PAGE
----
Award: Sanford J. Larson, MD, PhD Award
Authors: Nathan Xie; Peter Wilson; Rajesh Reddy (Sydney, Australia)
The majority of referrals for degenerative lumbar spinal conditions do not lead to surgical intervention. Stratifying referrals from primary care sources based on likeliness to proceed to surgery would not only expedite care for patients that may benefit from surgical intervention, but also allow non-operative treatments/strategies to be implemented for those who are unlikely to benefit.
By identifying clinical and imaging factors associated with progression to surgery, we aimed to develop a Machine Learning model (a branch of Artificial Intelligence) able to calculate the probability that a patient would receive surgery based on these factors.
We identified 55 factors in the literature associated with surgical progression. All patients presenting with an elective lumbar spine complaint between 2013-2018 at a single Australian Tertiary Hospital (n=326) had their medical records reviewed, with data being collected for the potential predictive factors. An Artificial Neural Network (ANN) was constructed, with the outcome being progression to spinal surgery (Yes/No). To compare it with a traditional statistical model, a Logistic Regression (LR) model was created from the same data. These were evaluated on their accuracy, discrimination (Area under ROC Curve (AUC)), and calibration (Hosmer-Lemeshow test (HLT)).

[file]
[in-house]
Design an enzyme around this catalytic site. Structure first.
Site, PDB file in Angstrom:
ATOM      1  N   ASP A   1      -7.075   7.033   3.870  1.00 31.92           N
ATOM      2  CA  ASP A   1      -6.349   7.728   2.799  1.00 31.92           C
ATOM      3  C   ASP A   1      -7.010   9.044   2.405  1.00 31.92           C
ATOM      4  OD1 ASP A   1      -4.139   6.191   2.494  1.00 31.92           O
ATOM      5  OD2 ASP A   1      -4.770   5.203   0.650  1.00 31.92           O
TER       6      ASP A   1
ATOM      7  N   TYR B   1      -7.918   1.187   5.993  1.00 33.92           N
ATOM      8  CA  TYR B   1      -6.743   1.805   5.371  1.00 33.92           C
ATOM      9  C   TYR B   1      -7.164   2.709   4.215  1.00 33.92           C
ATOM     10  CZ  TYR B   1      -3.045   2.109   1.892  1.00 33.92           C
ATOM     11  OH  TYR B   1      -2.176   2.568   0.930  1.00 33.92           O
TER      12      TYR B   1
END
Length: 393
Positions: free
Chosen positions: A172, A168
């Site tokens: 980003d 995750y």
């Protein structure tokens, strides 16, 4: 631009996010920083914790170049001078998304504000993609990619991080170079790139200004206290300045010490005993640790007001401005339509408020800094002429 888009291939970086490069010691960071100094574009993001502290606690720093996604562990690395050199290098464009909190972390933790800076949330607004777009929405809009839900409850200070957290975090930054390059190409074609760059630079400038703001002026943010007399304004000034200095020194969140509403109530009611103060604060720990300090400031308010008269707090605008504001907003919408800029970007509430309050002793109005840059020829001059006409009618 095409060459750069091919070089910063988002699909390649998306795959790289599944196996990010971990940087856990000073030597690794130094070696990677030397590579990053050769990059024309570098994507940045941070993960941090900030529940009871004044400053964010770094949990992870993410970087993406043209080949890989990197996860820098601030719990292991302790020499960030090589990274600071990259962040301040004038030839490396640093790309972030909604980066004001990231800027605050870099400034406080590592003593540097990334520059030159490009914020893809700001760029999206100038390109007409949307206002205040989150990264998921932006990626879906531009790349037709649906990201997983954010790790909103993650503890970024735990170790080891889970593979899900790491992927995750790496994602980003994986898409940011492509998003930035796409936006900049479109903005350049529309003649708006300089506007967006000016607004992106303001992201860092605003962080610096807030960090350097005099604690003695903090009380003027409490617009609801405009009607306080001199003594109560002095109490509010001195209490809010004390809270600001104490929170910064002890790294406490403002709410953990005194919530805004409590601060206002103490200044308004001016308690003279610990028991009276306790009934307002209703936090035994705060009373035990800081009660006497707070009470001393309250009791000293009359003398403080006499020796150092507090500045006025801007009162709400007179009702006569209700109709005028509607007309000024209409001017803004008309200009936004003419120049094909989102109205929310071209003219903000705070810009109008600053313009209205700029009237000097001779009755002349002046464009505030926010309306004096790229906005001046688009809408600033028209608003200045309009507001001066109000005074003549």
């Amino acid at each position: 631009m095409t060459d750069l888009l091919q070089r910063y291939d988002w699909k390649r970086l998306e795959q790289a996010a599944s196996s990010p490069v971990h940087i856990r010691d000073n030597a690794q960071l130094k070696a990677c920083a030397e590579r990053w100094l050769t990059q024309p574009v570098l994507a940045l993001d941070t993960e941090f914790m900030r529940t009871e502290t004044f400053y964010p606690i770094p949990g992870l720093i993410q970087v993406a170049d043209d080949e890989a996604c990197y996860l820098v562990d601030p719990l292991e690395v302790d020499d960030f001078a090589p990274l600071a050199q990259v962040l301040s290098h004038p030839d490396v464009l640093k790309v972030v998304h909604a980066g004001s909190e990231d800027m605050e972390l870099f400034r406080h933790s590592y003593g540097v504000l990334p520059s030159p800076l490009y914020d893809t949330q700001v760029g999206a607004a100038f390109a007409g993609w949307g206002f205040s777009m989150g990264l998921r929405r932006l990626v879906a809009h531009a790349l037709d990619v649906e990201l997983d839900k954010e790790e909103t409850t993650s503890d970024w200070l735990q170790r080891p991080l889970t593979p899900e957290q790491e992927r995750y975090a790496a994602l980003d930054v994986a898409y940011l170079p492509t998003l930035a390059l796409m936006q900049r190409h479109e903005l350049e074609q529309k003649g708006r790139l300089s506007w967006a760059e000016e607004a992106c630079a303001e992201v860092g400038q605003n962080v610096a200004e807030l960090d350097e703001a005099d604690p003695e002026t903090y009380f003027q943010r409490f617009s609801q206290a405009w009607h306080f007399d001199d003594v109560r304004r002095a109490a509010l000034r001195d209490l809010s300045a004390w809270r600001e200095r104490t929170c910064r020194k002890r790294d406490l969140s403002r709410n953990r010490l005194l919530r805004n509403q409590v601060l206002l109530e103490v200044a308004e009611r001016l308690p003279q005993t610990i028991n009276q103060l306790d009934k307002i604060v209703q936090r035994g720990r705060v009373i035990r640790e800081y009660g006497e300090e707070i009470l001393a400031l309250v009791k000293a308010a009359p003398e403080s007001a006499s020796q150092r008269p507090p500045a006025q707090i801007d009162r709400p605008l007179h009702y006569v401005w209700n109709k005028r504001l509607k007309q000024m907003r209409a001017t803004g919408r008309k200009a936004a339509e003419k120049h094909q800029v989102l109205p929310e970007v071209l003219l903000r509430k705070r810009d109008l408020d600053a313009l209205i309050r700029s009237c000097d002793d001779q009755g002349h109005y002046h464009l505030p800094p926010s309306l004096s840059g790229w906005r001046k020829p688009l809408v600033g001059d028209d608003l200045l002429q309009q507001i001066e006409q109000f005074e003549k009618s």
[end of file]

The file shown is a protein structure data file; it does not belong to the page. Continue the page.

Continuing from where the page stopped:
Ten clinical and imaging predictive variables were included as input in the final models. The ANN was able to predict surgical progression with 94.2% accuracy. It also exhibited excellent discriminative ability (AUC = 0.90), with good fit of the data (HLT>0.05). This was superior when compared to the LR model (Accuracy: 87.4%, AUC = 0.86, HLT >0.05).
Both the neural network and regression models predicted surgical progression with a high degree of accuracy. By demonstrating that the operating patterns of single centers can be predicted accurately, the potential for more appropriate/tailored referrals becomes possible, reducing wait-lists and increasing surgical conversion rates.